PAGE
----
The apparently low-key attack on Valve's Steam gaming distribution network reported last week has turned out to be much more serious with attackers breaking into its user database, the company has now admitted.
First indications were that attackers had simply defaced the forum website on 6 November, causing it to be taken down as a precaution. In a disturbing echo of the major Sony hack from earlier this year, however, Valve has now admitted that the attackers also managed to hack into its 35 million-user database, a potential calamity.
Compromised data included user names, billing addresses, details of game purchases (the site is a major game ecommerce operation) and email addresses.
Credit card numbers are believed to be safe although Valve has advised users - or their parents - to watch statements for fraudulent activity.
"We do not have evidence that encrypted credit card numbers or personally identifying information were taken by the intruders, or that the protection on credit card numbers or passwords was cracked" said Valve head Gabe Newell in a message to the entire community. "We are still investigating."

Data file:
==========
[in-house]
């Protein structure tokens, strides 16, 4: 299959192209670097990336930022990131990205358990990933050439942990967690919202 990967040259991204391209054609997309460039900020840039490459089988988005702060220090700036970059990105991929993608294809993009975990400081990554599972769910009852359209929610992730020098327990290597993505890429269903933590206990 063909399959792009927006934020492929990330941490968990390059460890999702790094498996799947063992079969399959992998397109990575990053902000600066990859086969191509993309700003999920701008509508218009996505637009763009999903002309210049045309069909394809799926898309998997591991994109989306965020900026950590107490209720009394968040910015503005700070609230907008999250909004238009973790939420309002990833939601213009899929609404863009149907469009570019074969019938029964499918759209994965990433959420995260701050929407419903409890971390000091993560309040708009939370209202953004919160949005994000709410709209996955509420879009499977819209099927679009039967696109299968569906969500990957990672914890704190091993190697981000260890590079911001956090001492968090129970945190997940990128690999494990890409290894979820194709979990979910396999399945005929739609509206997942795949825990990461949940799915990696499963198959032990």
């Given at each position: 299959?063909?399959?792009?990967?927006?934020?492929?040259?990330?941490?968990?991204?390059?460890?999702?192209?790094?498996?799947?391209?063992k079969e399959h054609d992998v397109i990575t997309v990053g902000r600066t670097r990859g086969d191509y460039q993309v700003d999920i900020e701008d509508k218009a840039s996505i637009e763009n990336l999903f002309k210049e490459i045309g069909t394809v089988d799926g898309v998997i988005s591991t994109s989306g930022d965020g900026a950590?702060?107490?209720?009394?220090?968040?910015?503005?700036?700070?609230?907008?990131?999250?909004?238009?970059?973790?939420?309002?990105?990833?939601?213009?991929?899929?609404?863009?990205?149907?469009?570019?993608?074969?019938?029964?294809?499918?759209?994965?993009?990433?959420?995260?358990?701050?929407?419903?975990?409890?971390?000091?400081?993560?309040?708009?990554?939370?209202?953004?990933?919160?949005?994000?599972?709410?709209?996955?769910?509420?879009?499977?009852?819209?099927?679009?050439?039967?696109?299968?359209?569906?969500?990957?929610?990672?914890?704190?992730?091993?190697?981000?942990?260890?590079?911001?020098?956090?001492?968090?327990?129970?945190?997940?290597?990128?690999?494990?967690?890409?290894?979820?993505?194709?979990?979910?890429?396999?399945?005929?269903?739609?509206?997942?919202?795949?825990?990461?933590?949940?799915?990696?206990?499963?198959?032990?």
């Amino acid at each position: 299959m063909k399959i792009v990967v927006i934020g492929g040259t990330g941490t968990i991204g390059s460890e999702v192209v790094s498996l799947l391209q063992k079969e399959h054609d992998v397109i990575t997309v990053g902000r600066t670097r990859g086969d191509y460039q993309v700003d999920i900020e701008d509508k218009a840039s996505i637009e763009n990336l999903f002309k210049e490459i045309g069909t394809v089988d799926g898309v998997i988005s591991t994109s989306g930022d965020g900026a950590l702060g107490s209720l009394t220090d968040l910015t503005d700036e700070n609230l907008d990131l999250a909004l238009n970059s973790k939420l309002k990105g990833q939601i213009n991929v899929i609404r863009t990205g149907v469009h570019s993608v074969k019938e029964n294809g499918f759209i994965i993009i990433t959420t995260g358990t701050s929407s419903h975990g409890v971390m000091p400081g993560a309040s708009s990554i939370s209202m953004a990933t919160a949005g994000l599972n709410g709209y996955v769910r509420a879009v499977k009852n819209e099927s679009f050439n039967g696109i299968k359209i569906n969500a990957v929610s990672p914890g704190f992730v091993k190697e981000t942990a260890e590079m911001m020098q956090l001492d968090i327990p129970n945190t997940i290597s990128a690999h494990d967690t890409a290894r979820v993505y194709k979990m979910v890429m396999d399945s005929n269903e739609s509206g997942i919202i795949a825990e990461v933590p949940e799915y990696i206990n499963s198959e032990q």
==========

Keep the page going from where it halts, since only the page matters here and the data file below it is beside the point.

The company said it would enforce a password change on all forum users with full Steam accounts being unaffected as long as users had not used the same password for both logins.
"I am truly sorry this happened, and I apologize for the inconvenience," said Newell.
The Valve compromise is the second big attack on a gaming company this year, beaten only in size and significance by that of Sony in April. In that attack, the accounts of 77 million customers were compromised after portions of the company's databases were stolen.
In some ways, the Valve Steam hack is more significant - the company acts a distribution hub for a large number of third-party games titles and not simply those tied to a single hardware platform.